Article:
Ione O. C. Woollacott

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An expanded GGGGCC repeat in C9orf72 is the most common genetic cause of frontotemporal dementia and amyotrophic lateral sclerosis. A fundamental question is whether toxicity is driven by the repeat RNA itself and/or by dipeptide repeat proteins generated by repeat-associated, non-ATG translation. To address this question, we developed in vitro and in vivo(More)
Amyotrophic lateral sclerosis (ALS) is a neurodegenerative disease of motor neurons. Single-nucleotide polymorphism rs3849942 is associated with ALS, tagging a hexanucleotide repeat mutation in the C9orf72 gene. It is possible that there is more than 1 disease-causing genetic variation at this locus, in which case association might remain after removal of(More)
Humour is a complex cognitive and emotional construct that is vulnerable in neurodegenerative diseases, notably the frontotemporal lobar degenerations. However, humour processing in these diseases has been little studied. Here we assessed humour processing in patients with behavioural variant frontotemporal dementia (n = 22, mean age 67 years, four female)(More)
The term frontotemporal dementia (FTD) describes a clinically, genetically and pathologically diverse group of neurodegenerative disorders. Symptoms of FTD can present in individuals in their 20s through to their 90s, but the mean age at onset is in the sixth decade. The most common presentation is with a change in personality and impaired social conduct(More)
To maximize the efficiency of diagnostic video/EEG telemetry, we retrospectively studied the occurrence of clinical events during admission in 254 patients. One hundred fifty-nine patients had psychogenic nonepileptic seizures (PNES) and 95 had epileptic seizures (ES). Twenty-five with PNES and none with ES had an event before or during electrode placement(More)
OBJECTIVE To investigate serum neurofilament light chain (NfL) concentrations in frontotemporal dementia (FTD) and to see whether they are associated with the severity of disease. METHODS Serum samples were collected from 74 participants (34 with behavioral variant FTD [bvFTD], 3 with FTD and motor neuron disease and 37 with primary progressive aphasia(More)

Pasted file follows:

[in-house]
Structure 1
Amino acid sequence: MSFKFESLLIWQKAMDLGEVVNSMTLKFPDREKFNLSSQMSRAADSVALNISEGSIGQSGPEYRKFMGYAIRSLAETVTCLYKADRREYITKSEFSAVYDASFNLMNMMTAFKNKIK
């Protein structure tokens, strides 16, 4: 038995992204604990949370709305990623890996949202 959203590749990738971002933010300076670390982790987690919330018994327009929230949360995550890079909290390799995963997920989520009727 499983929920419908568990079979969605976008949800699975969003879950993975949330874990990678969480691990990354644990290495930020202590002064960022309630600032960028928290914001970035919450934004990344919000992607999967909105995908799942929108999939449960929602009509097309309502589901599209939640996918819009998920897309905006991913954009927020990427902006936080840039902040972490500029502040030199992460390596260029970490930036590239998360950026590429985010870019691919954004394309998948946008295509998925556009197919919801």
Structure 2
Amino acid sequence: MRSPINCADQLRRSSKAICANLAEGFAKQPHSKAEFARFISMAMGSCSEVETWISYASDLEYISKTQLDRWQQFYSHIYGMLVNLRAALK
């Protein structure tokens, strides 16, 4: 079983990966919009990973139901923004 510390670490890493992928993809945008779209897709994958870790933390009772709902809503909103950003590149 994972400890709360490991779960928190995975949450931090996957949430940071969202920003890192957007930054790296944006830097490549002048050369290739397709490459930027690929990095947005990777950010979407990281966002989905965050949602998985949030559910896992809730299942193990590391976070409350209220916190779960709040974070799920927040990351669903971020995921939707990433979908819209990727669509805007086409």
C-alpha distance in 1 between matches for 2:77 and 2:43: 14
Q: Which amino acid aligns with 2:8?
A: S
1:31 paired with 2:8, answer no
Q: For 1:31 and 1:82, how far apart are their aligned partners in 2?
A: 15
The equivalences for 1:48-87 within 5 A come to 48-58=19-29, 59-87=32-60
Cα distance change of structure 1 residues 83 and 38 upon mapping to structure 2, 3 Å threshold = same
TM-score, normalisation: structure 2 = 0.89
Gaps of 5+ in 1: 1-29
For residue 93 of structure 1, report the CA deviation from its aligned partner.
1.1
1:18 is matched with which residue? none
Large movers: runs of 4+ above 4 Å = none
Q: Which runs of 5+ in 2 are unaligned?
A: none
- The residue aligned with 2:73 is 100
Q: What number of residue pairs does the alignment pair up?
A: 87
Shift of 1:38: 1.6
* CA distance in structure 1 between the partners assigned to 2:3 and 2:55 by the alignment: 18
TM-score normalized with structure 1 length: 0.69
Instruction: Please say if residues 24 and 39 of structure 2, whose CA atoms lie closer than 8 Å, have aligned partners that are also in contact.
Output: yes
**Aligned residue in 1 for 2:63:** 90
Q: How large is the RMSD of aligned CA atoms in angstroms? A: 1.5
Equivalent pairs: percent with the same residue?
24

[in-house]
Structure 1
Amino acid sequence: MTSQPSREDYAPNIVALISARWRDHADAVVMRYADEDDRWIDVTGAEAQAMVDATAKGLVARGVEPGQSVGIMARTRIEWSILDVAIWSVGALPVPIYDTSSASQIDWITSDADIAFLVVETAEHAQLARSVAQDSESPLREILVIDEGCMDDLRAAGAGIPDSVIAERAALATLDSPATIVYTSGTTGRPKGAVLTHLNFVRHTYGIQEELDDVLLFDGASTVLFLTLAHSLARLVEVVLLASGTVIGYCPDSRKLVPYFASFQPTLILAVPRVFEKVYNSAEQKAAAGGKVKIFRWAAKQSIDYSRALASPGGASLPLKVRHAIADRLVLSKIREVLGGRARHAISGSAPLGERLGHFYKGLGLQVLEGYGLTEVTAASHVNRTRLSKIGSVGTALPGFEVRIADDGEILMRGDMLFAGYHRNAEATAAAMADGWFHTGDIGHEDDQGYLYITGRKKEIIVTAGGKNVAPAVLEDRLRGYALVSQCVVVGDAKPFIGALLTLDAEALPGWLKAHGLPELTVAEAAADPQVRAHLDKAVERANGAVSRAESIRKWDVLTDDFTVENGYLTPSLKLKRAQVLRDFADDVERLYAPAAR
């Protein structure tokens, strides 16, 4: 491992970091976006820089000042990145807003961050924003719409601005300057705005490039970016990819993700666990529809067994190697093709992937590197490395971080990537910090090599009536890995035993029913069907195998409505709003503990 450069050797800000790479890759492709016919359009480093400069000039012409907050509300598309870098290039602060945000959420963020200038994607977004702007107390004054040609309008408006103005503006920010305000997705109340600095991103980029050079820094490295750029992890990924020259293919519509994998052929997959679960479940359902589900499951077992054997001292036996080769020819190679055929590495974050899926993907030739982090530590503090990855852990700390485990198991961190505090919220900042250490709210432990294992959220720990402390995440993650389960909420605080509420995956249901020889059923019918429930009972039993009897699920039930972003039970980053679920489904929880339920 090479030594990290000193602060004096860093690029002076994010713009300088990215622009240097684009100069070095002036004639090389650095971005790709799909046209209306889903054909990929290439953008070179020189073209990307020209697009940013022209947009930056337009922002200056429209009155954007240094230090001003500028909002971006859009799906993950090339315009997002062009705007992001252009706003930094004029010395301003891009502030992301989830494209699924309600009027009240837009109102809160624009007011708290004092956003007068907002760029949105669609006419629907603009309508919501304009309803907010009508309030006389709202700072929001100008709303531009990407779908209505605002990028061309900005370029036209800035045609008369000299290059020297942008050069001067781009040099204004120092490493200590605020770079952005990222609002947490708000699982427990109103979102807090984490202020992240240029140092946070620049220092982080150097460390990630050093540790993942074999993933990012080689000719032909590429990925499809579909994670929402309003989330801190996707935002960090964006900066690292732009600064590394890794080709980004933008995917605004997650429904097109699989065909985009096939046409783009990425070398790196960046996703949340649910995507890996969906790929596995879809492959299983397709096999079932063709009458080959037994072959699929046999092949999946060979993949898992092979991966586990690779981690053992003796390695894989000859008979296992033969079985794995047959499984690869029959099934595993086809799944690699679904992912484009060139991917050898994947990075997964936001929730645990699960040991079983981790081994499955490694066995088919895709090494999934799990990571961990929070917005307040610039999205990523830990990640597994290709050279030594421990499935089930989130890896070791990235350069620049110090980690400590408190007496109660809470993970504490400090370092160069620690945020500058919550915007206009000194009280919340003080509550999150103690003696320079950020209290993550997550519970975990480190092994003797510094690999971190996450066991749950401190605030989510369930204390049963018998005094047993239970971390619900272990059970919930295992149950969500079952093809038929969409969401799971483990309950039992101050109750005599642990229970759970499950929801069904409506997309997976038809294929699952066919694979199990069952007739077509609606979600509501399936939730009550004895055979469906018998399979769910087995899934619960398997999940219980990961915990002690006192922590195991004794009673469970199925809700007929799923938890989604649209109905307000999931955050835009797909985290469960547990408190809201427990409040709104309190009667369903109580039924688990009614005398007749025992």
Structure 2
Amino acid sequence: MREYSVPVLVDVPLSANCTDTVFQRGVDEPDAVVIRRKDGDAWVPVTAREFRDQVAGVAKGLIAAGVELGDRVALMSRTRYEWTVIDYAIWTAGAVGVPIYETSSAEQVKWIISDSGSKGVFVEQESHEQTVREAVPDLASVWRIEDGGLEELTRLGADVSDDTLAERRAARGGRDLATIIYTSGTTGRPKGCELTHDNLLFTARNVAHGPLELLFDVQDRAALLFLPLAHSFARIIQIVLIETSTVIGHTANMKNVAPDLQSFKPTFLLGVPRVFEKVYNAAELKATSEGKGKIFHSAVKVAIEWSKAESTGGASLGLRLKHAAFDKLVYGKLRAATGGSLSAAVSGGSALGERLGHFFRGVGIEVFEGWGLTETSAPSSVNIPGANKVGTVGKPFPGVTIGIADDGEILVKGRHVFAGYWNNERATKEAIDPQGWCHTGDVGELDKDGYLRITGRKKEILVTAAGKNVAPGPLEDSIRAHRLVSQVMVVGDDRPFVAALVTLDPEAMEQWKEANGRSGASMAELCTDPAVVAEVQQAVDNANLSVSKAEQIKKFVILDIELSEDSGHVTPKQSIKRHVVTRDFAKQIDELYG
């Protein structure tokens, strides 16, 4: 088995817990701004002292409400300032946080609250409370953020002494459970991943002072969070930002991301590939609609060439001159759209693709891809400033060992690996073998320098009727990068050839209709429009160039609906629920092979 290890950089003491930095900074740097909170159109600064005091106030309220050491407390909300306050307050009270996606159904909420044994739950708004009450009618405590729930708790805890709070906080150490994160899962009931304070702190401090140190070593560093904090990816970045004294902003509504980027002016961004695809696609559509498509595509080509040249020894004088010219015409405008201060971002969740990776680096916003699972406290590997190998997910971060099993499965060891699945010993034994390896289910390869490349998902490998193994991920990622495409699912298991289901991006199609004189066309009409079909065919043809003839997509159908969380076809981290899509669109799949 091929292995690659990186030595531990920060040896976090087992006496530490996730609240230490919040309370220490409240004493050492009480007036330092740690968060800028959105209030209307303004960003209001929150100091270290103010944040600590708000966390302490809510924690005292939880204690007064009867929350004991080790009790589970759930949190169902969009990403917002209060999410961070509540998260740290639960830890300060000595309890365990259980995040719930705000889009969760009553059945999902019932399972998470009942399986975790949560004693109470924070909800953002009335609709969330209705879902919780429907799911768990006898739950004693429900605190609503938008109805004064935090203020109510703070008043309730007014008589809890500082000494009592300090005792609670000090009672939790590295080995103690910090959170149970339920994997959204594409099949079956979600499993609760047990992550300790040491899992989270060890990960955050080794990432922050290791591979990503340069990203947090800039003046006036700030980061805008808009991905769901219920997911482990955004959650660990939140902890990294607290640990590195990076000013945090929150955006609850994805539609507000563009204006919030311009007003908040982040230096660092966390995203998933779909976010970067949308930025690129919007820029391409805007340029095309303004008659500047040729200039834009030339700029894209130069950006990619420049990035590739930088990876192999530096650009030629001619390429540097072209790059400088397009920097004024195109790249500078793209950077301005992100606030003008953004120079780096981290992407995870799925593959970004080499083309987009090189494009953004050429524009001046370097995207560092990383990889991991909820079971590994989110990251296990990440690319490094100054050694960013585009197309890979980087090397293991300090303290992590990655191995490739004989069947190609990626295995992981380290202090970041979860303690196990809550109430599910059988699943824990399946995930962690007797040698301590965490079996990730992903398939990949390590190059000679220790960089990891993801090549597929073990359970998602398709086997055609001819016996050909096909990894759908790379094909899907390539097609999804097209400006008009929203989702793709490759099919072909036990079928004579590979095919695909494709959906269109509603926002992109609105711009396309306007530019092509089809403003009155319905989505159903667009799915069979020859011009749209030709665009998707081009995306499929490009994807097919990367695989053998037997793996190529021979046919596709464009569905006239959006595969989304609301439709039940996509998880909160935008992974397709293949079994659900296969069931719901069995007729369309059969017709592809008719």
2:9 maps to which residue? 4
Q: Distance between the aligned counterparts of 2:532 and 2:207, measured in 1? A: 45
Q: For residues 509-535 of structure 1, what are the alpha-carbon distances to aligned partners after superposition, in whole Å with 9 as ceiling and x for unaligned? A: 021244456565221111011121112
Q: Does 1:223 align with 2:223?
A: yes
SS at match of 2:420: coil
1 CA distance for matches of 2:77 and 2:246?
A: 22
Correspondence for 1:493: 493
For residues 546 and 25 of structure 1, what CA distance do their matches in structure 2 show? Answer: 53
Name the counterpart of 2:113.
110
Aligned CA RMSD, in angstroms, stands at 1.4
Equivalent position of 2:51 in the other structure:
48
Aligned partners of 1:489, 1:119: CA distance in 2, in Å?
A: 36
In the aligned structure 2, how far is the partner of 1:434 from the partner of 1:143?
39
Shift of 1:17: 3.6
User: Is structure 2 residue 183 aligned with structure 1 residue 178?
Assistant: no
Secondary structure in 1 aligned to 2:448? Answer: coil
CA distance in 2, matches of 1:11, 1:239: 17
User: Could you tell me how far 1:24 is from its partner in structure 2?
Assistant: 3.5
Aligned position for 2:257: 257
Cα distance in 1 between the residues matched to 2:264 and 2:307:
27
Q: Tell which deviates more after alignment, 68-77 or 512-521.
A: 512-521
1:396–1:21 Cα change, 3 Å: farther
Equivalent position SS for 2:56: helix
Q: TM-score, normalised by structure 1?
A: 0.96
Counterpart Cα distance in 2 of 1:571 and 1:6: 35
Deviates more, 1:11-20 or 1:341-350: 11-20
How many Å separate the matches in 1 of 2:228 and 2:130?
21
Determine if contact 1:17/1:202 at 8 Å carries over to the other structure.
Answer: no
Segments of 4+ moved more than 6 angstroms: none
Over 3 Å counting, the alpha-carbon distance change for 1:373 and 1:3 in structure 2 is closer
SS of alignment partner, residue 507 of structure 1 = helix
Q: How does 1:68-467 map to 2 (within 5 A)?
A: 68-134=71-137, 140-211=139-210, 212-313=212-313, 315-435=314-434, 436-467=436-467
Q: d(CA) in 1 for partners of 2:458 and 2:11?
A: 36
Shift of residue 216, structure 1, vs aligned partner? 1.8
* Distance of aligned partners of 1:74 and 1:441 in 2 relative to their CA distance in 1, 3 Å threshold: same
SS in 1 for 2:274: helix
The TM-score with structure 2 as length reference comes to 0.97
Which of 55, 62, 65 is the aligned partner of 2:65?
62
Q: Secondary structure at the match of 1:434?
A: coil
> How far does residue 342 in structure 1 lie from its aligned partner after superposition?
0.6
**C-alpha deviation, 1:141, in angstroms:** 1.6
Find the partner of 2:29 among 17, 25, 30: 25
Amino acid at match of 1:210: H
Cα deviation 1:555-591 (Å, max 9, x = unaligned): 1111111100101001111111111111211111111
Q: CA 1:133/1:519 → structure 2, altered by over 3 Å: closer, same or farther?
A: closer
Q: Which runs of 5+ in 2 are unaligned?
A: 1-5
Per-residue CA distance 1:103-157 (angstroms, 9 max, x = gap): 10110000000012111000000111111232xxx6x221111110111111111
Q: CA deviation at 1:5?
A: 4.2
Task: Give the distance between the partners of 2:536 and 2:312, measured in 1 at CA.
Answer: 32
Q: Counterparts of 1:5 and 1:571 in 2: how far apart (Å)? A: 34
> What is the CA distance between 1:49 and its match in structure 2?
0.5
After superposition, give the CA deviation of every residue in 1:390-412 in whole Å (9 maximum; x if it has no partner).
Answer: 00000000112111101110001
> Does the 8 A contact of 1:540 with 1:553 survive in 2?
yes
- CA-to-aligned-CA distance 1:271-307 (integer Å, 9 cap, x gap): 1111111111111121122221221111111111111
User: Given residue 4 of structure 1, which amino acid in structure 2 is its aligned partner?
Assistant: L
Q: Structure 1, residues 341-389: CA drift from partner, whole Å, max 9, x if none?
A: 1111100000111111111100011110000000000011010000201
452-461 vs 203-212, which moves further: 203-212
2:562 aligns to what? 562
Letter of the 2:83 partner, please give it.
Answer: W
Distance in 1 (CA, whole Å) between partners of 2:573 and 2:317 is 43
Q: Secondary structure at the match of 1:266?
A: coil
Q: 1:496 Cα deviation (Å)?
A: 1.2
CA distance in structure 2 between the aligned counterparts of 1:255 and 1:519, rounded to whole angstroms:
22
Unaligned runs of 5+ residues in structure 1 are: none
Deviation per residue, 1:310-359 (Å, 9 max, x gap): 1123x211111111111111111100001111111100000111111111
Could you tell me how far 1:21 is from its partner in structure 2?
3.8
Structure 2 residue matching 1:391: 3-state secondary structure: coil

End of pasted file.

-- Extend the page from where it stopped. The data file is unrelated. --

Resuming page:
INTRODUCTION Mutations in the TANK-binding kinase 1 (TBK1) gene have recently been shown to cause frontotemporal dementia (FTD). However, the phenotype of TBK1-associated FTD is currently unclear. METHODS We performed a single case longitudinal study of a patient who was subsequently found to have a novel A705fs mutation in the TBK1 gene. He was assessed(More)
Genetic frontotemporal dementia is most commonly caused by mutations in the progranulin (GRN), microtubule-associated protein tau (MAPT) and chromosome 9 open reading frame 72 (C9orf72) genes. Previous small studies have reported the presence of cerebral white matter hyperintensities (WMH) in genetic FTD but this has not been systematically studied across(More)
Fragile X Syndrome (FXS) is the most common heritable cause of intellectual disability. In vitro electrophysiologic data from mouse models of FXS suggest that loss of fragile X mental retardation protein affects intracortical excitability and synaptic plasticity. Specifically, the cortex appears hyperexcitable, and use-dependent long-term potentiation (LTP)(More)
The discovery of the C9ORF72 hexanucleotide repeat expansion in 2011 and the immediate realisation of a remarkably high prevalence in both familial and sporadic frontotemporal lobar degeneration (FTLD) and amyotrophic lateral sclerosis (ALS) triggered an explosion of interest in studies aiming to define the associated clinical and investigation phenotypes(More)